Photo courtesy of Nissan

Dear Carlos Ghosn,

CEO Nissan/Renault

Warren Brown is a columnist who writes about autos for The Washington Post. View Archive

You are a patient man, putting up with all of those questions about why your Nissan Leaf car “isn’t selling.”

It seems everywhere you go, some blogger or content provider is pushing a variation of the theme: “Is the Nissan Leaf, a mass-market all-electric car launched a year ago, a flop?”

Some even try to stick it to you with numbers: “You have a U.S. sales target of 20,000 to 25,000 Leaf cars in 2012. Yet, it’s mid-April, dude, and you’ve only sold 1,733. What’s up with that?”

You’ve gamely defended the Nissan Leaf in particular and all-electric cars in general. You say they are the future of sustainable personal transportation. I’m with you on that.

But, hey, Carlos, we have a problem.

That much became clear to me during a week in the 2012 Leaf SL hatchback, which costs $3,530 more than last year’s model because it comes with more “standard” equipment.

Aside: If what was once offered as “optional” is now sold as more expensive “standard,” should I be happy?

But that’s beside the point. The problem for me and a lot of people is that your new Leaf SL starts at $37,250. If I add the still optional front and rear bumper protectors ($225), splash guards ($140), and cargo net ($20), and the obligatory $850 transportation charge, I’m looking at $38,485!

And that’s for a subcompact car that can travel 100 miles on a single charge on a good day! On a bad day, say when the weather is a little chilly and the car’s heater is needed, mileage available on the Leaf’s distance to discharge meter automatically drops by 12 to 14 miles.

You see the problem?

I’m with you on all of that stuff about “innovation for the planet, innovation for all.” But nearly $39,000 for a little car that can barely travel 100 miles on a single charge is a tough sell. You are asking me to pay too much for what I perceive to be too little.

And I live in one of those wonky Northern Virginia neighborhoods where people value greenery and clean air as long as it surrounds their mini-mansions, where folks like the idea of what essentially is a neighborhood electric car, but gag on the price.

There’s something else, Carlos. You all didn’t make a good impression on the neighbors when your agents delivered my Leaf SL by car carrier. The only other cars delivered to me that way are super-exotics whose manufacturers thought nothing about outfitting them with excessively high-horsepower gasoline engines, but who were worried about their expensive trailer queens getting scratched in regular commuter traffic.

The car-carrier drop-off of the Leaf SL engendered much head-scratching. Some wags asked: “Is it broken?” Others wanted to know if it had an electrical cord that extended to the nearby Harris Teeter grocery store, assuming that was as far as I could drive it. Still others succinctly surmised: “Looks like you won’t be taking that one on any long road trips.” But, again, they all gasped and turned away when I revealed the price.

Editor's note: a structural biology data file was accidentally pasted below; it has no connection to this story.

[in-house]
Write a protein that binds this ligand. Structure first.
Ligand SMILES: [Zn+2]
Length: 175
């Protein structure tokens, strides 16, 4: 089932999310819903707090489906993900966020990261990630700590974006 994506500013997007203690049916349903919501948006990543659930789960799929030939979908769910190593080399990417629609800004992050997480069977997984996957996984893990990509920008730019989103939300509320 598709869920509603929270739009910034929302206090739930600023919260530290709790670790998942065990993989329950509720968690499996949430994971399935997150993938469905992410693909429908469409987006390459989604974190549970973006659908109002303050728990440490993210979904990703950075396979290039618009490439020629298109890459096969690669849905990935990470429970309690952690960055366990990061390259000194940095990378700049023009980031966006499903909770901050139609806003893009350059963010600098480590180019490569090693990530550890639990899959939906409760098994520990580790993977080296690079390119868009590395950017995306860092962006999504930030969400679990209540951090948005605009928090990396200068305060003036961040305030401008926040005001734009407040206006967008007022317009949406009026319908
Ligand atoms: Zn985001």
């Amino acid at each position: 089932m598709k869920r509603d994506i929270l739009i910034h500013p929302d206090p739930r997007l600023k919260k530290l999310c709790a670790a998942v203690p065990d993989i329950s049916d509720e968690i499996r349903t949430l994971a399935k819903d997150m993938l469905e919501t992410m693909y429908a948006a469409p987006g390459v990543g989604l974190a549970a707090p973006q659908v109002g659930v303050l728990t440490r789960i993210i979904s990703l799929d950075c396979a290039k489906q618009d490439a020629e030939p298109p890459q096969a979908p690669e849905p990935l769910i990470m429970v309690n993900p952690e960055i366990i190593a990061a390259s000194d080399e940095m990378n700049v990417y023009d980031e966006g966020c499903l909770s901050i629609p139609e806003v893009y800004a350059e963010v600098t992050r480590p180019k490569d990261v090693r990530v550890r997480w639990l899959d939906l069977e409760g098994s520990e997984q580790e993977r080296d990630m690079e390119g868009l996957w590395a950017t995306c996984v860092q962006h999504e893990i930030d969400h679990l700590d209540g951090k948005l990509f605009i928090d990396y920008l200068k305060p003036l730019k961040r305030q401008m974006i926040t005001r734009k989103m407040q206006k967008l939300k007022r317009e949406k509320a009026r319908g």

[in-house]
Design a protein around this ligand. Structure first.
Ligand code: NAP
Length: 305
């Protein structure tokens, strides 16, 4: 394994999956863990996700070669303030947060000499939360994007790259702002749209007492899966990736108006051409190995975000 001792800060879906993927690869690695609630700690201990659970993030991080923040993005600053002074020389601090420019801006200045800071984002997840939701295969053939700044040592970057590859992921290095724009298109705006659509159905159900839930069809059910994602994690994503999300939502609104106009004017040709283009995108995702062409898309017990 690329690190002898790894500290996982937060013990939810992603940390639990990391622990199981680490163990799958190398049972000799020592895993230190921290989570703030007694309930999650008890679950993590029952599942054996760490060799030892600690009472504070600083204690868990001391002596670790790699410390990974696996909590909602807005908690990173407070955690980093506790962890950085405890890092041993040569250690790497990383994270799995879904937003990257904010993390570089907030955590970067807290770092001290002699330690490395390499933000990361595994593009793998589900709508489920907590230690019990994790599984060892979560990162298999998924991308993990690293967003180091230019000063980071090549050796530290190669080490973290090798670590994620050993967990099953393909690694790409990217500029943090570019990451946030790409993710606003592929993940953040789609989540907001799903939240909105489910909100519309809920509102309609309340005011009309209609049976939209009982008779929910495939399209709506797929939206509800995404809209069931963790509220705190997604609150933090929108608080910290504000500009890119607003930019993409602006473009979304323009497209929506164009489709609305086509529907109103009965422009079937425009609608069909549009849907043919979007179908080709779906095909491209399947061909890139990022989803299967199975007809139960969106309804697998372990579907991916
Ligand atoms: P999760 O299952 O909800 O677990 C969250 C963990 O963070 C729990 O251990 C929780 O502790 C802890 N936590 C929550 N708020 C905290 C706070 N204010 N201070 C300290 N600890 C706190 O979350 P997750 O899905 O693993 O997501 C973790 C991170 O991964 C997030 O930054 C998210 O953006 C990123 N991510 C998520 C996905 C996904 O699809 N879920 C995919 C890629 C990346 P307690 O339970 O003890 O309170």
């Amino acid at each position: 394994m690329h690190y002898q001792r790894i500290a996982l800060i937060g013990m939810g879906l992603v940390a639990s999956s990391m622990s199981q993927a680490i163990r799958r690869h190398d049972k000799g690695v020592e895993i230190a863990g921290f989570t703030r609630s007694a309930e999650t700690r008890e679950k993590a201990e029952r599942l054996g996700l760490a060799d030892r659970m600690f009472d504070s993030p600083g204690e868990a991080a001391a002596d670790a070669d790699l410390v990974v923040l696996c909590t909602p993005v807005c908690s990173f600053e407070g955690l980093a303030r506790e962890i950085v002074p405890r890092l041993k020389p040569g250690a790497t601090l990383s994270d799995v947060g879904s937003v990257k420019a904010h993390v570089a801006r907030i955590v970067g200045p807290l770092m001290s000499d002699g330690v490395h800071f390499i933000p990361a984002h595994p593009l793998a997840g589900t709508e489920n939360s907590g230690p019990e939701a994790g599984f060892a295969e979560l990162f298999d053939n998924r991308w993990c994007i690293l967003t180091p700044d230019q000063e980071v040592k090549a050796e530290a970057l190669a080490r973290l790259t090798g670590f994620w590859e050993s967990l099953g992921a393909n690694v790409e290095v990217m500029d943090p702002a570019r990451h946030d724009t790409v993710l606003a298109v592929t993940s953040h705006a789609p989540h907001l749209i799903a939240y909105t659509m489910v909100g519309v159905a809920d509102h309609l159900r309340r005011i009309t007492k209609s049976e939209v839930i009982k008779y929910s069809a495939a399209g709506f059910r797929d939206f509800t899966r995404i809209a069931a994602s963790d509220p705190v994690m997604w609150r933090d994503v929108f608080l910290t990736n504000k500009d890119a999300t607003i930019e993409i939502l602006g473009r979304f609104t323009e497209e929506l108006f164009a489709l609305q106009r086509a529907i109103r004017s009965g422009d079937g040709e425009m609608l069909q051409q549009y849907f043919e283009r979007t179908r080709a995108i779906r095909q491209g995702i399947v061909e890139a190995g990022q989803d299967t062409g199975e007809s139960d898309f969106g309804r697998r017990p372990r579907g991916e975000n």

That’s too bad, because the Leaf SL and its slightly less expensive sibling, the Leaf SV ($35,200), technically make perfectly good sense for clean, fun, fossil-fuel-free, everyday commuting. All-electric power means 100 percent torque turning the front-drive wheels at all times. Start-from-stop is an exhilarating hoot. But that is not what the car is about.

Ghosn and other electric-car advocates, me included, would have us all imagine a commuting region in which no one burns gasoline or diesel fuel and spreads mobile-source pollution in the process; in which we can go about our daily lives without having to thank the enemies of democracy for our daily barrel of oil. But we have a very long way to go before any of that can become a reality.

U.S. consumers are rational economists, which is another way of saying they are inherently selfish. If they can spend $25,570 on a fully loaded 2012 Nissan Altima SR midsize sedan with a splendiferous 270-horsepower V-6 engine that can carry them from Northern Virginia to New York City on one tank of gasoline, they’d choose to do that over spending $37,250 for a little electric car that, without quick-charge access, would have to wait about eight hours before it could go another 100 miles.

I like the Leaf, especially the fully loaded SL version. If I traveled only within my Northern Virginia neighborhood, I theoretically could do so without buying another ounce of gasoline.

The Leaf SL is a comfortable driver for motorists tall and short. It’s safe and has reasonable utility. Federal and local governments are offering tax breaks to help you pay for it. But it’s not ready for prime time in an American psyche in which big remains better, the illusion of the open road remains a reality, and pandering politicians think it is smart to blame one another for high gasoline prices over which they have no control or, worse, to promise super-cheap gasoline for American drivers in a developed world where their counterparts are paying twice as much.